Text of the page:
What to expect from a new NP practice standard
The College is revising the Nurse Practitioner practice standard to align its content with changes to national competencies for NPs and make it easier to apply in any practice setting. The practice standard will be shorter than the previous document but it will still include details, such as practice expectations and legal requirements that help NPs provide safe, effective and ethical care to their clients.
In early September, NPs and other stakeholders will receive an email requesting their feedback on a draft of the revised practice standard. The request for feedback will also be posted on www.cno.org for anyone to comment.
What about prescribing controlled substances?
When you receive the draft practice standard, you may wonder why it does not include anything new about scope of practice, such as prescribing controlled substances. This is because NPs do not yet have this authority. In 2011, when the NP drug list was eliminated, the Ontario government added a restriction to the regulation to prohibit NPs from prescribing controlled substances.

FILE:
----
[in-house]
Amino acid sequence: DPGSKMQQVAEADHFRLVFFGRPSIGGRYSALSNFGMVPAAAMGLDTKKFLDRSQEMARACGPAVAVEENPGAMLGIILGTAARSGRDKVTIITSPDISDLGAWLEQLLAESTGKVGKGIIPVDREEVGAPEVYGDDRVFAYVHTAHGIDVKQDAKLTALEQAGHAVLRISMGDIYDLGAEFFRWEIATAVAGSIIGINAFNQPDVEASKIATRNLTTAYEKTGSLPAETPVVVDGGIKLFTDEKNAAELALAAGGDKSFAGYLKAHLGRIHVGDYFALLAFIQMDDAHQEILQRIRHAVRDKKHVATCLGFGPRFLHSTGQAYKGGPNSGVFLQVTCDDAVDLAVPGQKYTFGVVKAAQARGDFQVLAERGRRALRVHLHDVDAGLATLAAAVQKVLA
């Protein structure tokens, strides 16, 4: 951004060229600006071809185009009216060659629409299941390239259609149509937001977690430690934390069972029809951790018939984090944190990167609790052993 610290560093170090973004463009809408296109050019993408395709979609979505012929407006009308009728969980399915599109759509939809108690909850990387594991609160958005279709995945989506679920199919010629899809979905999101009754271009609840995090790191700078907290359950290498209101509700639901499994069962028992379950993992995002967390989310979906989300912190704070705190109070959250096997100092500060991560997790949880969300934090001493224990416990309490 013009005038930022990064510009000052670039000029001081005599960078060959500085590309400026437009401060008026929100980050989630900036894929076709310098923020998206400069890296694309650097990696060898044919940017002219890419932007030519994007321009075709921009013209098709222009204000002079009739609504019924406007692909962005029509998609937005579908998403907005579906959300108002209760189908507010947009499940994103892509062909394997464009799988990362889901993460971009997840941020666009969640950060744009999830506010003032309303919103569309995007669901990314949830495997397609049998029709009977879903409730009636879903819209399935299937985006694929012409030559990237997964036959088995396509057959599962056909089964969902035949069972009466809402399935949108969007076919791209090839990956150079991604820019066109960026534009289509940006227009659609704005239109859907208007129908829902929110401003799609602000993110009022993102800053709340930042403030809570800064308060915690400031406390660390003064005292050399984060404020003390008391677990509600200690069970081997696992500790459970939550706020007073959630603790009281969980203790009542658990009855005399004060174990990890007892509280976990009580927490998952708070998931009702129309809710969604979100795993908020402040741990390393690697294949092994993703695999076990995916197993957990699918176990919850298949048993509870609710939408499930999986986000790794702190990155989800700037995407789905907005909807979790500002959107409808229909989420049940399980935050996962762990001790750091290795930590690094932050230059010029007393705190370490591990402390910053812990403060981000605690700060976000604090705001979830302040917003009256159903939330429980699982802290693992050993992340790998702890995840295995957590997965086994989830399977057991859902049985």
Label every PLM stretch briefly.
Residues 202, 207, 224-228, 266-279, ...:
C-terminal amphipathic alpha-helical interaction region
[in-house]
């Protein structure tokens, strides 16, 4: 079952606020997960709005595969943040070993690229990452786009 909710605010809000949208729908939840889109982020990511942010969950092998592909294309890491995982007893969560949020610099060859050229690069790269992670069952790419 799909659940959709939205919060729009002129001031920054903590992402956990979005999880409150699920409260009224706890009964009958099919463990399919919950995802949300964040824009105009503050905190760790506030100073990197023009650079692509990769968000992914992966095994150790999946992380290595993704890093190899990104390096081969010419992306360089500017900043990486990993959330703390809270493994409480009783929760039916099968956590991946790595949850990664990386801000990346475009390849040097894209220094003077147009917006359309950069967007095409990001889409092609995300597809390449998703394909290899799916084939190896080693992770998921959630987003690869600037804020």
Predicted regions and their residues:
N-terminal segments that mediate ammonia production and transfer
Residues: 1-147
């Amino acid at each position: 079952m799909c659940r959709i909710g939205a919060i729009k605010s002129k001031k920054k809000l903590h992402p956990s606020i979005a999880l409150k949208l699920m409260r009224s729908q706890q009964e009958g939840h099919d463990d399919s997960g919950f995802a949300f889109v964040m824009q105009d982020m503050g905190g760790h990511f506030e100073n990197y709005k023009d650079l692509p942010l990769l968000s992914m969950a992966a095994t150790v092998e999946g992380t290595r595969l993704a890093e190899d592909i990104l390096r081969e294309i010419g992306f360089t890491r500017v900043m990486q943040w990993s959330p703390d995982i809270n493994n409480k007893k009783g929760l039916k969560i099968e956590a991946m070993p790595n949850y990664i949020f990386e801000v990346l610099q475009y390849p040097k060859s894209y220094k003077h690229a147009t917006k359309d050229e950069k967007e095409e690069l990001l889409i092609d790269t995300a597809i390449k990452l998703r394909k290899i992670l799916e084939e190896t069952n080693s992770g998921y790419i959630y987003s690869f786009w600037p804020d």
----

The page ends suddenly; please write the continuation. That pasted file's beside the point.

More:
The misuse and abuse of controlled substances have become a major public health challenge for governments. Given the complexities, regulation change enabling NPs to prescribe controlled substances will be made following policy direction from, and in close collaboration with, the Ontario government.
Changes to scope of practice for any health profession are a provincial government decision. Once we have policy direction from the government, the College will propose a regulation for safe practice for government to approve.
What we’ve done so far
Recognizing the high-level of risk associated with controlled substances, we began work in 2012 to prepare for a future change to the regulation. We conducted extensive research and surveyed NPs to explore their practice realities, learning needs and what they need to safely, effectively and ethically prescribe controlled substances. We also participated in a national work group to identify strategies that would support consistency in regulatory approaches across the country. In March 2014, Council supported a policy that when NPs become legally authorized to prescribe controlled substances, they will be required to complete specific education before they can prescribe these medications.
We don’t have a timeline for when this prescribing authority will be in place. We will do more consultation with NPs and other stakeholders before any changes are made.
The new NP practice standard will be designed to ensure future regulation changes allowing NPs to prescribe controlled substances can be easily incorporated into the document.
Watch The Standard for updates and opportunities to comment on the draft practice standard.